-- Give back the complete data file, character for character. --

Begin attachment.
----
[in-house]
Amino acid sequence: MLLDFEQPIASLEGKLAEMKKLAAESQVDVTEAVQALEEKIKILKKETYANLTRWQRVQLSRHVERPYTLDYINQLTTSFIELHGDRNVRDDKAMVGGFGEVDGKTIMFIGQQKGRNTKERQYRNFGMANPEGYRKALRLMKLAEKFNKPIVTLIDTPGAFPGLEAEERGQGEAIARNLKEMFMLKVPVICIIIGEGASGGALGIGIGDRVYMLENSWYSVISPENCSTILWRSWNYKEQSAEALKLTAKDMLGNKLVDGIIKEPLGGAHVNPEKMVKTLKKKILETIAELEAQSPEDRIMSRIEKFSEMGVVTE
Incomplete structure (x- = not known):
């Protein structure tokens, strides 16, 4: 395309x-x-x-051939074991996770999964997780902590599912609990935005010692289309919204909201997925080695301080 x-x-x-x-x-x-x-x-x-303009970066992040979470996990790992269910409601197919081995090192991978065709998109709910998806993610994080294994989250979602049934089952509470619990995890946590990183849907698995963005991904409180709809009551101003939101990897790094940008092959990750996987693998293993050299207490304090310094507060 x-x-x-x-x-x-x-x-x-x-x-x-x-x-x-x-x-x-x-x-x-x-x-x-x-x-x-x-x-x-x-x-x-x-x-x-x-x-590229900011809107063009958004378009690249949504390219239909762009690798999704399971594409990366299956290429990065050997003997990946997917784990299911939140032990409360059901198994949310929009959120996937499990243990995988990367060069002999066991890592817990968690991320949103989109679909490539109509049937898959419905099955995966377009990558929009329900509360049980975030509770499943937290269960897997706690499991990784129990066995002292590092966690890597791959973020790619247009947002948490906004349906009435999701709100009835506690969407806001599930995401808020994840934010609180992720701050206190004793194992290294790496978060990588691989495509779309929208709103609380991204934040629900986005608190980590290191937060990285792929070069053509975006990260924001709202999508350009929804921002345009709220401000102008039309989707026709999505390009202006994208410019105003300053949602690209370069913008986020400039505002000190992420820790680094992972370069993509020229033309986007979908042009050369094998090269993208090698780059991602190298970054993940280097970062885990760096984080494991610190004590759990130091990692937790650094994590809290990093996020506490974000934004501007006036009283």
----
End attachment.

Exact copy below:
[in-house]
Amino acid sequence: MLLDFEQPIASLEGKLAEMKKLAAESQVDVTEAVQALEEKIKILKKETYANLTRWQRVQLSRHVERPYTLDYINQLTTSFIELHGDRNVRDDKAMVGGFGEVDGKTIMFIGQQKGRNTKERQYRNFGMANPEGYRKALRLMKLAEKFNKPIVTLIDTPGAFPGLEAEERGQGEAIARNLKEMFMLKVPVICIIIGEGASGGALGIGIGDRVYMLENSWYSVISPENCSTILWRSWNYKEQSAEALKLTAKDMLGNKLVDGIIKEPLGGAHVNPEKMVKTLKKKILETIAELEAQSPEDRIMSRIEKFSEMGVVTE
Incomplete structure (x- = not known):
């Protein structure tokens, strides 16, 4: 395309x-x-x-051939074991996770999964997780902590599912609990935005010692289309919204909201997925080695301080 x-x-x-x-x-x-x-x-x-303009970066992040979470996990790992269910409601197919081995090192991978065709998109709910998806993610994080294994989250979602049934089952509470619990995890946590990183849907698995963005991904409180709809009551101003939101990897790094940008092959990750996987693998293993050299207490304090310094507060 x-x-x-x-x-x-x-x-x-x-x-x-x-x-x-x-x-x-x-x-x-x-x-x-x-x-x-x-x-x-x-x-x-x-x-x-x-x-590229900011809107063009958004378009690249949504390219239909762009690798999704399971594409990366299956290429990065050997003997990946997917784990299911939140032990409360059901198994949310929009959120996937499990243990995988990367060069002999066991890592817990968690991320949103989109679909490539109509049937898959419905099955995966377009990558929009329900509360049980975030509770499943937290269960897997706690499991990784129990066995002292590092966690890597791959973020790619247009947002948490906004349906009435999701709100009835506690969407806001599930995401808020994840934010609180992720701050206190004793194992290294790496978060990588691989495509779309929208709103609380991204934040629900986005608190980590290191937060990285792929070069053509975006990260924001709202999508350009929804921002345009709220401000102008039309989707026709999505390009202006994208410019105003300053949602690209370069913008986020400039505002000190992420820790680094992972370069993509020229033309986007979908042009050369094998090269993208090698780059991602190298970054993940280097970062885990760096984080494991610190004590759990130091990692937790650094994590809290990093996020506490974000934004501007006036009283």